2023 Annual Conference Livingstone, Zambia

 2023 Annual Conference Livingstone, Zambia

Communiqué of the 13th Annual Conference of the Pan African Lawyers Union (PALU) Held in Livingstone, Zambia From 5th to 8th July 2023

Under the theme: “The Sovereign Debt Crisis in Africa: The Role of the Legal Profession.”

Introduction

1.  The Pan African Lawyers Union (PALU) convened its 13th Annual Conference, under the theme: “The Sovereign Debt Crisis in Africa: The Role of the Legal Profession”, from 5th to 8th July 2023, at the Avani Victoria Falls Resort, in Livingstone, Republic of Zambia. The conference was hosted in collaboration with the Law Association of Zambia (LAZ) and with the support of, amongst others, the Open Society Foundations (OSF).

2.  The conference brought together over 300 participants, drawn from all five regions of continental Africa as well as its sixth region (the diaspora). These included lawyers, bar leaders, law professors and judges; and also friends of lawyers, including members of executive and legislative arms of government; officials of the African Union (AU) and the Regional Economic Communities (RECs); the corporate sector; the media; book publishers; human rights defenders; and civil society leaders working on a range of issues, including protection of civic space and human and peoples’ rights; debt; tax; illicit financial flows; asset recovery; and climate change.

3.     The conference was opened by the President of the Republic of Zambia, H.E. Mr. Hakainde Hichilema, who was represented by the Hon. Minister of Labour and Social Security, Ms. Brenda Mwika Tambatamba and the Hon. Attorney General, Mr. Mulilo Dima Kabesha SC. Upon the close of the conference, the Gala Dinner was graced by the Chief Justice of the Republic of Zambia, the Hon. Mr. Mumba Malila SC, who was represented by the Deputy Chief Justice, the Hon. Mr. Michael Musonda SC.

4.      Dignitaries present included: –

a.      Mr. Akere Tabeng MUNA, Member of the African Union High-Level Panel on Illicit Financial Flows from Africa (AU HLP-IFF) and Co-Chairperson of the African Union Working Group for the Common African Position on Asset Recovery (AU CAPAR WG). Mr. Muna is also a President Emeritus of PALU;

b.      The Principal Judge and Judges of the First Instance Division of the Court of Justice of the Common Market for Eastern and Southern Africa (COMESA Court), together with the Registrar of the Court;

c.       Mr. Elijah Chola BANDA SC, also President Emeritus of PALU.

5.      Sister lawyers’ associations present included the leaderships of the: –

a.      Commonwealth Lawyers Association (CLA)

b.      Cyrus R. Vance Center for International Justice of the New York City Bar

c.       German Federal Bar (BRAK)

d.      International Law Section of the National Bar Association (NBA) of the United States of America

e.      East Africa Law Society.

6.      In the course of the conference: –

a.      The Presidents of PALU and the National Bar Association (NBA) of the United States of America signed a comprehensive Co-operation and Collaboration Agreement;

b.      The United Nations Educational, Scientific and Cultural Organization (UNESCO) to present to PALU members and friends its flagship Global Media Defence Fund;

c.       The African Union Working Group on the Common African Position on Asset Recovery (AU CAPAR WG) announced to the members the designation of PALU as the Secretariat of the Working Group.

The Conference Programme

7.      The conference continued its track record of providing the premier forum on the African continent for the legal profession and its friends to deliberate on several issues affecting the profession, and the development of the continent in general.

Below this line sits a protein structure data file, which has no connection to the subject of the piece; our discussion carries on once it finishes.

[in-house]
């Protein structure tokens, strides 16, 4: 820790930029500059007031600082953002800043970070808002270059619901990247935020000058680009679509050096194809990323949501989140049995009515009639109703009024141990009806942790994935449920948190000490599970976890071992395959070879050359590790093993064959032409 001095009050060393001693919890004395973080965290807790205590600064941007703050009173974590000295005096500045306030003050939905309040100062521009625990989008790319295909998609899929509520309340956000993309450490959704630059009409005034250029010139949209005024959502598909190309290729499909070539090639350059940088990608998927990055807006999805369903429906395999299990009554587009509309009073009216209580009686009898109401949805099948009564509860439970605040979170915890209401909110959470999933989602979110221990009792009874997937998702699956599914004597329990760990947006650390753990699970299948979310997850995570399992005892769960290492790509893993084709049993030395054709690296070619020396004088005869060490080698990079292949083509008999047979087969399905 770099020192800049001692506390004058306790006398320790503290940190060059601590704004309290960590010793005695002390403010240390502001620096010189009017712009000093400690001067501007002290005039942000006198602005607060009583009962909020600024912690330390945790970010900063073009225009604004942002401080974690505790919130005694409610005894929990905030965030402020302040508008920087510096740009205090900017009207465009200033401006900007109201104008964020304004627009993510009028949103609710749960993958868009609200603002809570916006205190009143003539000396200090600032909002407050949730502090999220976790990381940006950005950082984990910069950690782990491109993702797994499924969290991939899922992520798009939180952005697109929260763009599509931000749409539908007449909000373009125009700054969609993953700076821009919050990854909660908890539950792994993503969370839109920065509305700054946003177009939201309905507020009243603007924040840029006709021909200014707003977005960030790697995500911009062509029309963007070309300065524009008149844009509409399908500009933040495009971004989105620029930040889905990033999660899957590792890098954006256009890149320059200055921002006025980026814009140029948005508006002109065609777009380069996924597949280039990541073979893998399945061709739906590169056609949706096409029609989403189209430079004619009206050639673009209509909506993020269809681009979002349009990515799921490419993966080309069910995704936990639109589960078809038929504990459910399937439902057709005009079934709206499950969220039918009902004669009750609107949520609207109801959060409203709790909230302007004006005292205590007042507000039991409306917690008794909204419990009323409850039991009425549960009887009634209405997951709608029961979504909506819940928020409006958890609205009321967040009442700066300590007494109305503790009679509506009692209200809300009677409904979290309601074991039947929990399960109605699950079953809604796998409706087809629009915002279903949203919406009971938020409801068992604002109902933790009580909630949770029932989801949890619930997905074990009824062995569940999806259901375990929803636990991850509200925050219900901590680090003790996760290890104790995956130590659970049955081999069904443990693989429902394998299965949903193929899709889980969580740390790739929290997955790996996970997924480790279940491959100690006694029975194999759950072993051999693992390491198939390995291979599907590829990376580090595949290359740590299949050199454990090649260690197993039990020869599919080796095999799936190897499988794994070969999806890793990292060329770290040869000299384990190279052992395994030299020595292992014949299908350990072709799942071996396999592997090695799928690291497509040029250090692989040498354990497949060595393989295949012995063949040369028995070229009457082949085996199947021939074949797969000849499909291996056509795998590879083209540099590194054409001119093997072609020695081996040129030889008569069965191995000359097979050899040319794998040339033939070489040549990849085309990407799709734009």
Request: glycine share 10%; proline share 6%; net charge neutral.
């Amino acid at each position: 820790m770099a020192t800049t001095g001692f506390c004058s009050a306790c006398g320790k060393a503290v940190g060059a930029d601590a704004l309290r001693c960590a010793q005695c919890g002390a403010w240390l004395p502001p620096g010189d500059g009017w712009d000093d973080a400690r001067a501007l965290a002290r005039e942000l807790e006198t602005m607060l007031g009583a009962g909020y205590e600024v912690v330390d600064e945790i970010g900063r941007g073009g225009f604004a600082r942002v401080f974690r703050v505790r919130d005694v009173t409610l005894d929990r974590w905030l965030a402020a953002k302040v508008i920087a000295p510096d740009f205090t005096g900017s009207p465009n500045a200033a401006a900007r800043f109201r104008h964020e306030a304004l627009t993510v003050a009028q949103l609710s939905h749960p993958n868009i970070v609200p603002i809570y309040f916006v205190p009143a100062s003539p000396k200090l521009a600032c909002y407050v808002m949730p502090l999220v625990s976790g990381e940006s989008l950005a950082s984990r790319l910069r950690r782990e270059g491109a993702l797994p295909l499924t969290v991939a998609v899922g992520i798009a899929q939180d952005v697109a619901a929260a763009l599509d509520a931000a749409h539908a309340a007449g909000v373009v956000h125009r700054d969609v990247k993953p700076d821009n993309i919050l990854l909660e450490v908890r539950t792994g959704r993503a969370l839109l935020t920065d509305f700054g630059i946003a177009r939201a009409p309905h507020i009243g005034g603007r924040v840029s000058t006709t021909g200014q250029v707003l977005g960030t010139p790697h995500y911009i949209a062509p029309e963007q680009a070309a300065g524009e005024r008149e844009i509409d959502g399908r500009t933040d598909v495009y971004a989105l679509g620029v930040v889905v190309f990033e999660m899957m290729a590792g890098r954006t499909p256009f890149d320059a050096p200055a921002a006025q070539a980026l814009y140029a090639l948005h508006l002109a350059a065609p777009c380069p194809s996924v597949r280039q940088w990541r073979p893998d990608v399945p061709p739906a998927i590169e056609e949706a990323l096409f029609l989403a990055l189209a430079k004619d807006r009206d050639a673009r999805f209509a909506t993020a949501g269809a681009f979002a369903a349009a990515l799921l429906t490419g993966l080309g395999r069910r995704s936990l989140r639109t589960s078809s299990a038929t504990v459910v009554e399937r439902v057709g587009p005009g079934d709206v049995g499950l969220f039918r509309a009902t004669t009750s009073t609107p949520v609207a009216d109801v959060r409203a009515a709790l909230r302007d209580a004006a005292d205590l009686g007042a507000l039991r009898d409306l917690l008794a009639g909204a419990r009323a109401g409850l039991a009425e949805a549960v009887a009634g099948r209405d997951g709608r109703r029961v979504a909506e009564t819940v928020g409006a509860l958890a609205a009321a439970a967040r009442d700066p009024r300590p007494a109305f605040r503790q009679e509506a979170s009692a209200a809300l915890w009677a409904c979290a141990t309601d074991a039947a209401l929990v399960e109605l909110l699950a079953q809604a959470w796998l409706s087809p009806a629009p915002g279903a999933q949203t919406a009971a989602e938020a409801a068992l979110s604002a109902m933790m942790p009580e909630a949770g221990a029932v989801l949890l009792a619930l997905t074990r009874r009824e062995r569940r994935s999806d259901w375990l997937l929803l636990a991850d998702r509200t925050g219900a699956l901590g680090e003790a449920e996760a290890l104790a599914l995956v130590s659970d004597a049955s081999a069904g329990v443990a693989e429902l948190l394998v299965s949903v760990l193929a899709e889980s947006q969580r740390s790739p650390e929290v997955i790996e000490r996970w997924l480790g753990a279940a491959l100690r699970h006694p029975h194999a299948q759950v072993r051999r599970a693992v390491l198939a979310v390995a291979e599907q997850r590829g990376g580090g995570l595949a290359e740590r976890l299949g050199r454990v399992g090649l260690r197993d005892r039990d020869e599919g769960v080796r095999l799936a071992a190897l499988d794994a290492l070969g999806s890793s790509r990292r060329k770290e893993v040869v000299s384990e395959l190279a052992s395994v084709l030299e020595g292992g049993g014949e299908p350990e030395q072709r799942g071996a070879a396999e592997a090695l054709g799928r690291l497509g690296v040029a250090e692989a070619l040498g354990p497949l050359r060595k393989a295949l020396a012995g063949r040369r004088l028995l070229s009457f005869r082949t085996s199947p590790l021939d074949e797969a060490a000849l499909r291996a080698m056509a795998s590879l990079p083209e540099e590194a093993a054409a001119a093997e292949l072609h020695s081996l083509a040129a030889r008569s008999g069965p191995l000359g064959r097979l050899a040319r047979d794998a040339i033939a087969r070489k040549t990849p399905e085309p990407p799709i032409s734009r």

8.      As is customary, the conference featured a diverse range of topics germane to the legal profession and to development in Africa, along the three PALU Sections: –

a.      Section on Business Law (SBL), which featured, among other topics, recent notable developments in arbitration; mediation; oil and gas; and the African Continental Free Trade Area (AfCFTA), etc;

b.      Section on Legal Practice (SLP), which featured, among other topics, scaling up the advocacy on women, the law and justice; practising in the international legal scene; artificial intelligence and the future of the legal profession, etc;

c.       Section on Public Interest and Development Law), which, among other things: –

                                                  i.      Incorporated a two-day Master Class on Economic Justice, which is summarised further below;

                                                 ii.      Continued discussions from previous years on implementation of decisions of African international courts and tribunals; protection of civic space, freedom of expression and digital rights in Africa, etc.

9.      The PALU members and other stakeholders debated the central theme of the conference, “The Sovereign Debt Crisis in Africa: The Role of the Legal Profession”, in the: –

a.      Opening Ceremony, with the Government of the Republic of Zambia;

b.      Keynote speech, given by the United Nations Independent Expert on foreign debt, other international financial obligations and human rights, Prof. (Ms.) Attiya Waris, and a follow-up high-level roundtable of lawyers, economists and public policy and civil society experts;

c.       Two-day Economic Justice Master-Class, which was incorporated into the conference. 

10.  In their deliberations, the lawyers and other stakeholders observed that the present discussions: –

a.      Build upon and buttress the theme of the 12th Annual Conference of PALU, held in Arusha, Tanzania, in June 2022, with the theme, “The Africa We Want: from Aspirations to Reality”;

b.      Continue with the 2022 commitment that the African legal profession and its friends must proactively contribute to domestic resource mobilisation (DRM) in order that all African countries will reliably and sustainably finance the African Union’s development blueprint, the AU Agenda 2063; and the United Nations Sustainable Development Goals (UN SDGs, or the Agenda 2030);